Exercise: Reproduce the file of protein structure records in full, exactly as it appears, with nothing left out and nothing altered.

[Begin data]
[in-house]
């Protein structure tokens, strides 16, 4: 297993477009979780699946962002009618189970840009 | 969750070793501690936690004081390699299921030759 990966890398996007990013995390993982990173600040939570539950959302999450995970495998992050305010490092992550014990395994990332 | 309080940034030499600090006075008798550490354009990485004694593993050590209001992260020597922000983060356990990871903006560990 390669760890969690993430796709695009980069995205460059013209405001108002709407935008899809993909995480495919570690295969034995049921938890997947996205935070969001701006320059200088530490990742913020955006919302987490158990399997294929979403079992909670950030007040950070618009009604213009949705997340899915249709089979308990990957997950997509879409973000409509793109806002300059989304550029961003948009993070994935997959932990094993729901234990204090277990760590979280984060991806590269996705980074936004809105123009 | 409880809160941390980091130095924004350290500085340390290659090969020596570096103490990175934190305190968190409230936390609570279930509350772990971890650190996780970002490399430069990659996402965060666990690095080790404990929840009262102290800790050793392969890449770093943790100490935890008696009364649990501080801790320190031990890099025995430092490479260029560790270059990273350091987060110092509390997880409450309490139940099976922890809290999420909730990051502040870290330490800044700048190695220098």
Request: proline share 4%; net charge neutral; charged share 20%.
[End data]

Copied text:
[in-house]
């Protein structure tokens, strides 16, 4: 297993477009979780699946962002009618189970840009 | 969750070793501690936690004081390699299921030759 990966890398996007990013995390993982990173600040939570539950959302999450995970495998992050305010490092992550014990395994990332 | 309080940034030499600090006075008798550490354009990485004694593993050590209001992260020597922000983060356990990871903006560990 390669760890969690993430796709695009980069995205460059013209405001108002709407935008899809993909995480495919570690295969034995049921938890997947996205935070969001701006320059200088530490990742913020955006919302987490158990399997294929979403079992909670950030007040950070618009009604213009949705997340899915249709089979308990990957997950997509879409973000409509793109806002300059989304550029961003948009993070994935997959932990094993729901234990204090277990760590979280984060991806590269996705980074936004809105123009 | 409880809160941390980091130095924004350290500085340390290659090969020596570096103490990175934190305190968190409230936390609570279930509350772990971890650190996780970002490399430069990659996402965060666990690095080790404990929840009262102290800790050793392969890449770093943790100490935890008696009364649990501080801790320190031990890099025995430092490479260029560790270059990273350091987060110092509390997880409450309490139940099976922890809290999420909730990051502040870290330490800044700048190695220098």
Request: proline share 4%; net charge neutral; charged share 20%.